The February 2011 Daring Bakers’ challenge was hosted by Mallory from A Sofa in the Kitchen. She chose to challenge everyone to make panna cotta .
Ah! While writing this post I realized I forgot to take pictures of the florentine cookies. You'll forgive me though for not posting the pictures, right? I did, however, take pictures of the panna cotta. That'll make it all right, right?
The panna cotta reminded me of a creme brulee, just the lighter, more refreshing cousin. Oh, and without the layer of crunchy caramelized sugar. But we can put that layer on the panna cotta too, right?
Giada's Vanilla Panna Cotta
1 cup (240 ml) whole milk
1 Tablespoon (generally one packet) (15 ml)(14.3 grams) (.5 oz) powdered gelatin
3 cups (720 ml) whipping cream (30+% butterfat)
1/3 cup (80 ml) honey
1 Tablespoon (15 ml) (14.3 grams) (.5 oz)granulated sugar
pinch of salt
1. Pour the milk into a bowl or pot and sprinkle gelatin evenly and thinly over the milk (make sure the bowl/pot is cold by placing the bowl/pot in the refrigetor for a few minutes before you start making the panna cotta). Let stand for 5 minutes to soften the gelatin.
2. Pour the milk into the saucepan/pot and place over medium heat on the stove. Heat this mixture until it is hot, but not boiling, about five minutes. (I whisk it a few times at this stage).
3. Next, add the cream, honey, sugar, and pinch of salt. Making sure the mixture doesn't boil, continue to heat and stir occasionally until the sugar and honey have dissolved 5-7 minutes.
4. Remove from heat, allow it to sit for a few minutes to cool slightly. Then pour into the glass or ramekin.
5. Refrigerate at least 6 hours or overnight. Add garnishes and serve.
Hope you love it!
Chocolate Panna Cotta:
1 cup whole milk
2 1/2 teaspoons unflavored gelatin
2 cups whipping cream
1/2 cup sugar
5 ounces bittersweet or semisweet chocolate
1/2 teaspoon vanilla extract
1. Pour milk into a small bowl, sprinkle gelatin over the top, set aside for 2-5 minutes.
2. Place a medium saucepan over medium heat, stir in cream, sugar and vanilla. Bring to a low boil.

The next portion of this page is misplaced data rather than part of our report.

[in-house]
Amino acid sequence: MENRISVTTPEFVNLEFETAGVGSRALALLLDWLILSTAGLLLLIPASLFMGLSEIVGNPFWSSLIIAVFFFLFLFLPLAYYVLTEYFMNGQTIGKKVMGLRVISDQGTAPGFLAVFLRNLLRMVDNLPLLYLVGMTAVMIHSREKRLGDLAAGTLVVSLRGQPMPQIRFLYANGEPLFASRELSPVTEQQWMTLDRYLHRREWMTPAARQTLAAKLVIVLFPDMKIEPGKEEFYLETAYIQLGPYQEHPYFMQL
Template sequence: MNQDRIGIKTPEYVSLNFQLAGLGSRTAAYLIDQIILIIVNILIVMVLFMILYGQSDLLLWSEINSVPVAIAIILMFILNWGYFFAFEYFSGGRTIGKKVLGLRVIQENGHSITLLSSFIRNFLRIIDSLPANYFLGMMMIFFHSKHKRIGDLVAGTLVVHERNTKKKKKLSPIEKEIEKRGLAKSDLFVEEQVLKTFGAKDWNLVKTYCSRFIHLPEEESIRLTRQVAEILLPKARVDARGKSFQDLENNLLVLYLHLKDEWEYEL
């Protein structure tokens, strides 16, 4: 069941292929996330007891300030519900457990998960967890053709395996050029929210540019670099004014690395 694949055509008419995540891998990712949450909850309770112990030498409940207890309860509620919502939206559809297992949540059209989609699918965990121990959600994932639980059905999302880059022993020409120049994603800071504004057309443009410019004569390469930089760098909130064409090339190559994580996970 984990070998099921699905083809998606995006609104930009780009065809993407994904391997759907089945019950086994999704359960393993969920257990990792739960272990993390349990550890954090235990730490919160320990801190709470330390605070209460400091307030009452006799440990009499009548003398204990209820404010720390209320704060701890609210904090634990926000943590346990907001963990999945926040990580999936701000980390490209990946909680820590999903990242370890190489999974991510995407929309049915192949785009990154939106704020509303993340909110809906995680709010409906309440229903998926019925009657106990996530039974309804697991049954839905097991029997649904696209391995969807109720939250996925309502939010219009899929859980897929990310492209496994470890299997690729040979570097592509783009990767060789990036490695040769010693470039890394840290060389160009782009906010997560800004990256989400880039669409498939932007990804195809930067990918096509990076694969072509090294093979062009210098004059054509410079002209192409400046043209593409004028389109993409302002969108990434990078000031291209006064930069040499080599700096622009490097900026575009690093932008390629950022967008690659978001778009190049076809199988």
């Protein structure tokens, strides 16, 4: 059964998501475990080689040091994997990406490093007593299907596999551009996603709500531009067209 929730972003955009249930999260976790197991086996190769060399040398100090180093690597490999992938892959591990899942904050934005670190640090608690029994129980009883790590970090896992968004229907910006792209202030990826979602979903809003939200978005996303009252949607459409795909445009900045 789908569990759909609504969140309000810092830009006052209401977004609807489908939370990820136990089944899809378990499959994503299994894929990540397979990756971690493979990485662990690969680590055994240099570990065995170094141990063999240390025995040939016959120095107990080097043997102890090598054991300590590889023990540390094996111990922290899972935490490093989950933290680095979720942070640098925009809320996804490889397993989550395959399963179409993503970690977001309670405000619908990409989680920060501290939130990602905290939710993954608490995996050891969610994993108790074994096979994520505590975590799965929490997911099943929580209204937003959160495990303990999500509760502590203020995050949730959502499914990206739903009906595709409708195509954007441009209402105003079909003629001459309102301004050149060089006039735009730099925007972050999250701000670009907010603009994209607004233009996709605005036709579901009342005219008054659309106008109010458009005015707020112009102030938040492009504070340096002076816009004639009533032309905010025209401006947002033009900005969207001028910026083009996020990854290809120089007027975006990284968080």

3. Add chocolate and whisk until melted. Whisk the milk/gelatin mixture into chocolate cream mixture. Whisk until gelatin has dissolved.
4. Transfer to ramekins, or nice glasses for serving.
5. Cover and chill at least 8 hours, or overnight.
Nestle Florentine Cookies:
2/3 cup unsalted butter
2 cups quick oats
1 cup granulated sugar
2/3 cup flour
1/4 cup dark corn syrup
1/4 cup milk
1 tsp vanilla
pinch of salt
1 1/2 cups dark or milk chocolate
Preheat oven to 375 F (190 C)
Prepare your baking sheet with silpat or parchment paper
1. Melt butter in a medium saucepan, then remove from the heat.
2. To the melted butter add oats, sugar, flour, corn syrup, milk, vanilla, and salt. Mix well.
3. Drop a tablespoon full, three inches apart, onto your prepared baking sheet. Flaten slighty with the back of your tablespoon, or use a spatula.
4. Bake in preheated oven for 6-8 minutes, until cookies are golden brown. Cool completely on the baking sheets.
5. While the cookies are cooling melt your chocolate until smooth either in the microwave (1 1/2 minutes), or stovetop (in a double boiler, or a bowl that fits atop a saucepan filled with a bit of water, being sure the water doesn't touch the bottom of the bowl).
6. Peel the cookies from the silpat or parchment and place face down on a wire wrack set over a sheet of wax/parchment paper (to keep counters clean). Spread a tablespoon of chocolate on the bottom/flat side of your cookie, sandwiching another (flat end)cookie atop the chocolate. This recipe will make about 2 1/2 - 3 dozen sandwiched florentine cookies. You can also choose not to sandwich yours, in which case, drizzle the tops with chocolate (over your wax paper).